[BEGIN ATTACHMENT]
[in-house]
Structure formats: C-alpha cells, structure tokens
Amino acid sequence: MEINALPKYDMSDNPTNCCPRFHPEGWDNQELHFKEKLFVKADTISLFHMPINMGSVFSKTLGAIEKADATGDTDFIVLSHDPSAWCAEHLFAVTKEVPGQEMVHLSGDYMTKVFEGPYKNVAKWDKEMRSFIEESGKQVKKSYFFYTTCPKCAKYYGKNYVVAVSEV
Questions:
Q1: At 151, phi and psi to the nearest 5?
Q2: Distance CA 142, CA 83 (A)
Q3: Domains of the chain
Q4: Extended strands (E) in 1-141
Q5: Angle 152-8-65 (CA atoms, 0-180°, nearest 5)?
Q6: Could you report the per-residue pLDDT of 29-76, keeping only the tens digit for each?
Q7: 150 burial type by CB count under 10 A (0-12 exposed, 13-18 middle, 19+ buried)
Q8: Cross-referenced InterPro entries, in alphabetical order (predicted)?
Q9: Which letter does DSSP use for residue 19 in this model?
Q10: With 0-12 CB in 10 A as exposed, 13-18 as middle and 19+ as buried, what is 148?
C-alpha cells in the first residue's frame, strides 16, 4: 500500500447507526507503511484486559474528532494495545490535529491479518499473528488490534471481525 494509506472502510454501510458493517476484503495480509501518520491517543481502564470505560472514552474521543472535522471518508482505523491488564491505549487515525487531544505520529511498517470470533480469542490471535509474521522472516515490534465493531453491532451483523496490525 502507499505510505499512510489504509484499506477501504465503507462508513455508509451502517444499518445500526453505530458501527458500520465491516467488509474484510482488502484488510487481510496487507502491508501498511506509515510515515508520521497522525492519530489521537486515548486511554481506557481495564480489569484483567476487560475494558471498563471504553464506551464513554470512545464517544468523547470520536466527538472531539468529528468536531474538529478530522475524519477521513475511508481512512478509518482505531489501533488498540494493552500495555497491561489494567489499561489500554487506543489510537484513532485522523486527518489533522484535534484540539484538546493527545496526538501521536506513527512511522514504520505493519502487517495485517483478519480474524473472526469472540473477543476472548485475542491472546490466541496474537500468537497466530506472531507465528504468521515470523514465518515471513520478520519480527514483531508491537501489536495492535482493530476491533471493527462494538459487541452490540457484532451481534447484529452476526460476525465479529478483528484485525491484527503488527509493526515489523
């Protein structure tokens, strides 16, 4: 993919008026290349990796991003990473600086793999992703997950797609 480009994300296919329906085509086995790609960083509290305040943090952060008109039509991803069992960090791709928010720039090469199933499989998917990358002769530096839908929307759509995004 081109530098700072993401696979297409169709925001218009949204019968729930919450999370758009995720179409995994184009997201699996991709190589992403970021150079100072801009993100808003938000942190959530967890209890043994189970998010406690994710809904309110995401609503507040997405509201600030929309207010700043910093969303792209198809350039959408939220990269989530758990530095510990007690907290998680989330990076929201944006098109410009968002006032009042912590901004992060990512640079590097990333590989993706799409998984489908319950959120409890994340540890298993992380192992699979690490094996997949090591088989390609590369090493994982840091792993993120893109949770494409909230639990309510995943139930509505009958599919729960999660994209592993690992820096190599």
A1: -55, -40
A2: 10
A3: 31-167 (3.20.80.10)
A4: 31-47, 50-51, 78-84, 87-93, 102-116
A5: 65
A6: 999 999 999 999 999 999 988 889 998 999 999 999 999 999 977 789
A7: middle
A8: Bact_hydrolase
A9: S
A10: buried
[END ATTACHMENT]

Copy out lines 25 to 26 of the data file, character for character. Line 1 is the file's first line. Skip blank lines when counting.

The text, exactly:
A9: S
A10: buried